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April 2002 issue of
World Press Review
(VOL. 49, No. 4)
Hildegard Knef: Postwar
World Press Review associate editor
She was not the
naive blonde Fräulein so often portrayed in German postwar
cinema. Hildegard Knef, a rebellious, gravel-voiced actress,
was fondly called the thinking mans Marlene Dietrich.
Her outspokenness often caused unease in a country eager to
please. She was Germanys sole diva, leading a life of
successes and sufferings, a life she called her roller
coaster. She endured more than 50 operations but her cancer-ridden
and alcohol-wrecked body always bounced back. Actress, chanteuse,
authorKnef never gave in.
Her first major movie role was so powerful it catapulted her
to the top. As a Holocaust survivor amid the ruins of postwar
Berlin (Murderers Are Among Us, 1946), she defined the part
she chose to live: intelligent, independent, cool, and at the
same time vulnerable, mysterious, and never afraid to speak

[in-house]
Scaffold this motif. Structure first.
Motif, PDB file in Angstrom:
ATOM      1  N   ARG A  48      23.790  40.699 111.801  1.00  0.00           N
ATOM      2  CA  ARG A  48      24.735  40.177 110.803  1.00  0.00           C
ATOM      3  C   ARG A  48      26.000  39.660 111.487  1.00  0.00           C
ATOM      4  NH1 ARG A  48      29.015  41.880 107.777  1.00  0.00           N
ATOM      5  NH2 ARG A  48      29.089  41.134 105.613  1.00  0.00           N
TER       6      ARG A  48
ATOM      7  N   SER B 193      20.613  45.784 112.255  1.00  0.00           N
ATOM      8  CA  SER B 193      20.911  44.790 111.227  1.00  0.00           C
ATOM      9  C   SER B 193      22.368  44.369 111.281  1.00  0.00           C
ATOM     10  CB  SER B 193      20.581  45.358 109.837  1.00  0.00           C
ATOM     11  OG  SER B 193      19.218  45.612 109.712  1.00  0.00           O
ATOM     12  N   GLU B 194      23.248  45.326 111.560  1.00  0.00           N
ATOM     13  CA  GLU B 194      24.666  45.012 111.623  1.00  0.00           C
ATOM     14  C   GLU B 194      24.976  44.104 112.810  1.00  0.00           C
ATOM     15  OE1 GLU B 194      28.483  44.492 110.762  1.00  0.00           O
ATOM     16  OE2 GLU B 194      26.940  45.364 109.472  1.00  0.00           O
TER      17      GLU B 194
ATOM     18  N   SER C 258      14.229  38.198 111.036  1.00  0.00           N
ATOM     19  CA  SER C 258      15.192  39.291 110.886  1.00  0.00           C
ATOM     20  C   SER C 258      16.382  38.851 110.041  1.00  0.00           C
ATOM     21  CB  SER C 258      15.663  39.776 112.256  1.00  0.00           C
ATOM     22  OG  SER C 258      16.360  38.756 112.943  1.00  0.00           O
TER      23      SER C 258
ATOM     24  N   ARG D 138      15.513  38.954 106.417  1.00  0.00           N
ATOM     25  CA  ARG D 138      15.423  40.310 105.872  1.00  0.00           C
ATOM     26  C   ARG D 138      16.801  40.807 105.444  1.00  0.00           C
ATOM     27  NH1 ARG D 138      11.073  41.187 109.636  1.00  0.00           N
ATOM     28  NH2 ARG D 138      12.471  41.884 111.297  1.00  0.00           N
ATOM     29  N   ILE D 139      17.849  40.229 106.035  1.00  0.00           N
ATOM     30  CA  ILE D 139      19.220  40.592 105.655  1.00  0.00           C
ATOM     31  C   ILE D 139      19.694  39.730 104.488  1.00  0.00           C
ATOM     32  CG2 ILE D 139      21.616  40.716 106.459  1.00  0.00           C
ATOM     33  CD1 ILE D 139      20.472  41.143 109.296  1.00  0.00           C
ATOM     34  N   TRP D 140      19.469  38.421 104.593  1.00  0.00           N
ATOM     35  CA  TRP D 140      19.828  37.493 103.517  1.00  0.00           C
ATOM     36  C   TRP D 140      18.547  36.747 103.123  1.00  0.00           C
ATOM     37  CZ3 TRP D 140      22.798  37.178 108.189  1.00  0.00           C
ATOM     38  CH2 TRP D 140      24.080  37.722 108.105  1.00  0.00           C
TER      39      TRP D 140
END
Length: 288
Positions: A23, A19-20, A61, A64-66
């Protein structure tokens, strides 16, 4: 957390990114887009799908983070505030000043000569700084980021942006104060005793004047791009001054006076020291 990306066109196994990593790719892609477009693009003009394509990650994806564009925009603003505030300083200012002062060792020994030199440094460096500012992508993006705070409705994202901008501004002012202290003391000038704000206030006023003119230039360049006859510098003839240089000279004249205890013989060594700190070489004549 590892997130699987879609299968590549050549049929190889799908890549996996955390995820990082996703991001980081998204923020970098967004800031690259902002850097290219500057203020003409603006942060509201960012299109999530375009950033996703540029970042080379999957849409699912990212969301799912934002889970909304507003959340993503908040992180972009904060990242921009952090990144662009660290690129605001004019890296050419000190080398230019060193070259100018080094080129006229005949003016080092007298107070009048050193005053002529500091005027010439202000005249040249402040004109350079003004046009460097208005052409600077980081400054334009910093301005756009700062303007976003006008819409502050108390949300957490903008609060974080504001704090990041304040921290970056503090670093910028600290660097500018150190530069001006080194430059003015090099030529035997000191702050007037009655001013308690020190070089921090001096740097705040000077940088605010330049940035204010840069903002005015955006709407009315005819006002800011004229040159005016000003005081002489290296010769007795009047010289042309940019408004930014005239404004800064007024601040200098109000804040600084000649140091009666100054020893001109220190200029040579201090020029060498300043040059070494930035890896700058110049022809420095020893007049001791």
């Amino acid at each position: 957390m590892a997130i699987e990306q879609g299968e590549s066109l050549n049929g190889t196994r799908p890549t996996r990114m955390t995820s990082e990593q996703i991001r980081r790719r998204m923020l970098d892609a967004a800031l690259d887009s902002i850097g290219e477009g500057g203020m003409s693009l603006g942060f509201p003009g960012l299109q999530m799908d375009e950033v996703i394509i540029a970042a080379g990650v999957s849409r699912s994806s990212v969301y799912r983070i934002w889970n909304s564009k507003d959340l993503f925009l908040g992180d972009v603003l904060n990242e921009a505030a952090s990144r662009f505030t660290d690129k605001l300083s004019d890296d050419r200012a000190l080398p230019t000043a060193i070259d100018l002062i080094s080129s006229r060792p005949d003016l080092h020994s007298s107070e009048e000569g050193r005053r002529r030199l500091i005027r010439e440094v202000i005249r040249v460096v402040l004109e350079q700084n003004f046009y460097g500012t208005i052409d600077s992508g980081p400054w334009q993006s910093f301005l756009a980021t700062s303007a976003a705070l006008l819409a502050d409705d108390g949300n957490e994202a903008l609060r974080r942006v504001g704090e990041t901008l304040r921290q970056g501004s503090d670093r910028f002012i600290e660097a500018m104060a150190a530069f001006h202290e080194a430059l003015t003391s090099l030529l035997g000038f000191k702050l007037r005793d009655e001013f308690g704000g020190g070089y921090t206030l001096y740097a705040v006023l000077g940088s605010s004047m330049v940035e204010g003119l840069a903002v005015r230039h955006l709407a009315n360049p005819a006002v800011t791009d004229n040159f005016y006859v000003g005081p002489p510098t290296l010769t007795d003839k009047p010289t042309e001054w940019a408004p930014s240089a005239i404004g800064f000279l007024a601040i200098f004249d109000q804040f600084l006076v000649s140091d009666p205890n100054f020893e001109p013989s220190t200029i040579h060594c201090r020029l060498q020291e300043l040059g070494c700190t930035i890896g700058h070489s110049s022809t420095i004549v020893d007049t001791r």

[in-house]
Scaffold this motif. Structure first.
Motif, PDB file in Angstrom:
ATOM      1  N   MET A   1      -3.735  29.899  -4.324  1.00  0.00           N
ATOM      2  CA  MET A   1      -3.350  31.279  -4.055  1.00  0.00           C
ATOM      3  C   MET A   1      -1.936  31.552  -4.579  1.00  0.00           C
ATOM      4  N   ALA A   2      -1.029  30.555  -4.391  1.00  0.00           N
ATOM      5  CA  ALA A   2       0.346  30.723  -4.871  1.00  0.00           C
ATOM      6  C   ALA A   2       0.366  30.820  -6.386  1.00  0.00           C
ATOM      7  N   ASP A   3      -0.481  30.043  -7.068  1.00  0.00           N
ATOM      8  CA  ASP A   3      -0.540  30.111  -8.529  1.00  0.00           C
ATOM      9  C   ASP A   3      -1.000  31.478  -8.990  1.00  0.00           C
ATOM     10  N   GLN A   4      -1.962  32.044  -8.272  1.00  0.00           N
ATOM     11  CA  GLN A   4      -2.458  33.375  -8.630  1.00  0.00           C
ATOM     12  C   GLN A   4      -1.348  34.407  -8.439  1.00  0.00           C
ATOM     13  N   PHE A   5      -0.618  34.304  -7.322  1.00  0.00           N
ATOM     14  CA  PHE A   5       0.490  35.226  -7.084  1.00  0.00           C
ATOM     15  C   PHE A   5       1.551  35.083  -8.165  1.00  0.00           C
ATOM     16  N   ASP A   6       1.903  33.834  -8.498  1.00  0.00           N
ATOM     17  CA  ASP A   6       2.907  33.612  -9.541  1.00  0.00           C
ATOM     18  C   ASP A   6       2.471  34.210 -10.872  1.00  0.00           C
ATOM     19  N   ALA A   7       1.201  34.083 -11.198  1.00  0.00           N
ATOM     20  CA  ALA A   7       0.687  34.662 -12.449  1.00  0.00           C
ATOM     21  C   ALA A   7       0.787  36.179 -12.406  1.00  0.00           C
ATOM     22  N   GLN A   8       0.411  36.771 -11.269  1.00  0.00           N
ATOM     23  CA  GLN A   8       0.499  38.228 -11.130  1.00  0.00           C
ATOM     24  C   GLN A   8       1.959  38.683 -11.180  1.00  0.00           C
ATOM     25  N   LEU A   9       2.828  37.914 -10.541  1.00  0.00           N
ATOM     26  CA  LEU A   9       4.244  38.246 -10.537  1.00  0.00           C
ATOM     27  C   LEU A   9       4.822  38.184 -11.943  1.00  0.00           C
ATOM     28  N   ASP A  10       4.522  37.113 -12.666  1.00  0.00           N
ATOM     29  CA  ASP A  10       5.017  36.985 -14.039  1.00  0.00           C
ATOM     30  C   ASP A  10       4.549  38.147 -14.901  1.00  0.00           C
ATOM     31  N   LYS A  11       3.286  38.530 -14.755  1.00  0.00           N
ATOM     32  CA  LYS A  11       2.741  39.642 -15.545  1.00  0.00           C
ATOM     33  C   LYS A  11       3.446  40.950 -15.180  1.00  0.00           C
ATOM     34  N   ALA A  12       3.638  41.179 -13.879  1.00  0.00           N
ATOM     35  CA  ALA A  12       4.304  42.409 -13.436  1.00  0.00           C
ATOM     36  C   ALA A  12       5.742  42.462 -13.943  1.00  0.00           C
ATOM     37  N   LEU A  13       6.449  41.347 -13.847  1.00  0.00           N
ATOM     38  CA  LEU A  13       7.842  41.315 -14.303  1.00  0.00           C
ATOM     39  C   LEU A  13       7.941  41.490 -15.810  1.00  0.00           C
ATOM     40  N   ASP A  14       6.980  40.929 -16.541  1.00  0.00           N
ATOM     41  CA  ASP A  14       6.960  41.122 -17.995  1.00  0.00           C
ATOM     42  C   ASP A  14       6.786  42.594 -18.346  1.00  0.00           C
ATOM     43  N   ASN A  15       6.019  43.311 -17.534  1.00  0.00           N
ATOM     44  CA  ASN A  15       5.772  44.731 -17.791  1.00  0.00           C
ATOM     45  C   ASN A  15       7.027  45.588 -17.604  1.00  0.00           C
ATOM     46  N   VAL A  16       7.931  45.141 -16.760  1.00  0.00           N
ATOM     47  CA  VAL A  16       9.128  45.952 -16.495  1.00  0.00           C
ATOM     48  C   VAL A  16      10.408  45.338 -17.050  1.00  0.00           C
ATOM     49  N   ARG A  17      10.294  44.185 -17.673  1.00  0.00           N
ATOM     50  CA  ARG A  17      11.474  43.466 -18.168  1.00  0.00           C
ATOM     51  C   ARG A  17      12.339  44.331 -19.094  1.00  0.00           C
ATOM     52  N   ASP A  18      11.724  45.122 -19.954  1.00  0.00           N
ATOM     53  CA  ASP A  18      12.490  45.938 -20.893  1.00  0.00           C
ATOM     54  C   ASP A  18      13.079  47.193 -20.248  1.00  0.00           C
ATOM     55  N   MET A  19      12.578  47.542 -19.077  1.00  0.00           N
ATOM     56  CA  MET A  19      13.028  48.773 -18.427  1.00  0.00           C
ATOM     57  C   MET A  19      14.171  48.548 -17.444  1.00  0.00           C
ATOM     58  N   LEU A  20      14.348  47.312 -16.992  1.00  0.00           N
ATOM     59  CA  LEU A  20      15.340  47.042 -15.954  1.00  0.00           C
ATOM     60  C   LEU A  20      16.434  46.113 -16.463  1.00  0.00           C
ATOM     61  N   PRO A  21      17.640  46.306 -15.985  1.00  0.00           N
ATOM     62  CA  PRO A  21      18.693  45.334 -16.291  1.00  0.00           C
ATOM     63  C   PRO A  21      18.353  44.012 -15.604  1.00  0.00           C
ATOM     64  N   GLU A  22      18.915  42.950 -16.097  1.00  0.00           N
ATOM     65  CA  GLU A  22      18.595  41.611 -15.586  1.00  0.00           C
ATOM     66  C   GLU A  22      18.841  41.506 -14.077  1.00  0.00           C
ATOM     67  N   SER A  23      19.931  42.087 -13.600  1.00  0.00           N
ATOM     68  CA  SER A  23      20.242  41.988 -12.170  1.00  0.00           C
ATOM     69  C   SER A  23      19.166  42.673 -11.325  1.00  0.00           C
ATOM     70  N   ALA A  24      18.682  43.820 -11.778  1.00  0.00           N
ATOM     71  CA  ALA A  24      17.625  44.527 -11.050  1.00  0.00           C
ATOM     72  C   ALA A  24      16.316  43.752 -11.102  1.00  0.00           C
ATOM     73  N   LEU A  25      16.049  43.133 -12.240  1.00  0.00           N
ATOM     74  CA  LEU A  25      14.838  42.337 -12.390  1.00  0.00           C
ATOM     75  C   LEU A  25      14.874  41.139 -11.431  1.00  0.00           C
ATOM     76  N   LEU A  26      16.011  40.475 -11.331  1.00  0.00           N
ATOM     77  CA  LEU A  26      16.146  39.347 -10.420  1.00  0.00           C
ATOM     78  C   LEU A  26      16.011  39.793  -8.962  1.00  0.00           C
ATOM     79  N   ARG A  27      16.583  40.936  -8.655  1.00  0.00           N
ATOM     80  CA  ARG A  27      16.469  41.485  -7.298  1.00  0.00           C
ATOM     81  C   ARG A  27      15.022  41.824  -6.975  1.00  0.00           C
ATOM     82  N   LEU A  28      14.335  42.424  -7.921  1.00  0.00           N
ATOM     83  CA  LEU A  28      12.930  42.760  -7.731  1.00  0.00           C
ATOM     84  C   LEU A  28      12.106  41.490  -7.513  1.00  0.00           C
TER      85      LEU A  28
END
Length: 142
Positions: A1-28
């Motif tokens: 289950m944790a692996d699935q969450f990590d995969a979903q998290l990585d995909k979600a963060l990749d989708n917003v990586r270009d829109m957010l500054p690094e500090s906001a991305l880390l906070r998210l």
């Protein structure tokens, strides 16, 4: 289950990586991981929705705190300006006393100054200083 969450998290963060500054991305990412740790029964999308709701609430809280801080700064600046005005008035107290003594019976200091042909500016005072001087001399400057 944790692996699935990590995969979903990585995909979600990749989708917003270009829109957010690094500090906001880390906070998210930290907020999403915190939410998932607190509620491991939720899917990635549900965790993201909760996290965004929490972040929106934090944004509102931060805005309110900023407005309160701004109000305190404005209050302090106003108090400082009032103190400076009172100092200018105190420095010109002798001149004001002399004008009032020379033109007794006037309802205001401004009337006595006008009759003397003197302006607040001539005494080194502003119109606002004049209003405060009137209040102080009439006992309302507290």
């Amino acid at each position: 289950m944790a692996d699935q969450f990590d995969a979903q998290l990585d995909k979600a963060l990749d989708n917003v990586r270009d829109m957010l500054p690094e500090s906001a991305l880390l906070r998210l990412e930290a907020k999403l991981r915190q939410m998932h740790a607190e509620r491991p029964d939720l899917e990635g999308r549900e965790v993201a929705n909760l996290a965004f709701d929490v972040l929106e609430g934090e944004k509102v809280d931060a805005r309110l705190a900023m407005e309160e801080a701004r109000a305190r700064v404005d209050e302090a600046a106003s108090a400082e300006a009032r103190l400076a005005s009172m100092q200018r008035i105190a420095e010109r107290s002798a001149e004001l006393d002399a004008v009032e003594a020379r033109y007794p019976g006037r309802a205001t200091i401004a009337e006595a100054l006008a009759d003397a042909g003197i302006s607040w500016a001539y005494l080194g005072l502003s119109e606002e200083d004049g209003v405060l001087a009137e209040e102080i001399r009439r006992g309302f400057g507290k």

her mind. Knef died on Feb. 1 in Berlin, at the age of 76, and
received a fond farewell. Forgotten was the scandal when she
was condemned during the prudish 1950s for doing a nude scene.
As usual, she voiced what many thought but were reluctant to
say: A country that six years ago had Auschwitz and caused
so much horror and then behaves in such a manner is utterly
absurd, she remarked.
Born in 1925, Knef acted in minor Nazi productions. In the last
days of the war, she fled Berlin disguised as a man to avoid
being raped. She was captured, beaten, andwithout her
gender being revealedbecame a Russian prisoner of war.
Fellow inmates helped her escape. Knef made her way back to
the ruins of Berlin.
She symbolized war-shattered Germany and became Berlins
voicelearning to survive, stubbornly bouncing back
and starting anew, without ever losing sight of the past. She
appeared in more than 50 films, starred in a Broadway musical,
and took minor Hollywood roles, but she never really caught
on there as did her friend Marlene Dietrichperhaps because
Knef refused to change her name and disguise her past. In turn,
she was called a Nazi broad.
Knef was more than just Hildegard Knef, wrote Jan
Feddersen in Berlins left-wing Die Tageszeitung.
She was a postwar work of art. The war had left her deeply
suspicious of any kind of authority, ideology, and easily digestible
She sought the limelight but always feared failure: I
am thin-skinned and vulnerable, Knef admitted. I
am standing alone on the stage; and I feel that the person in
the fifth row to the left came to see me only in order not to
like me. I am that sensitive.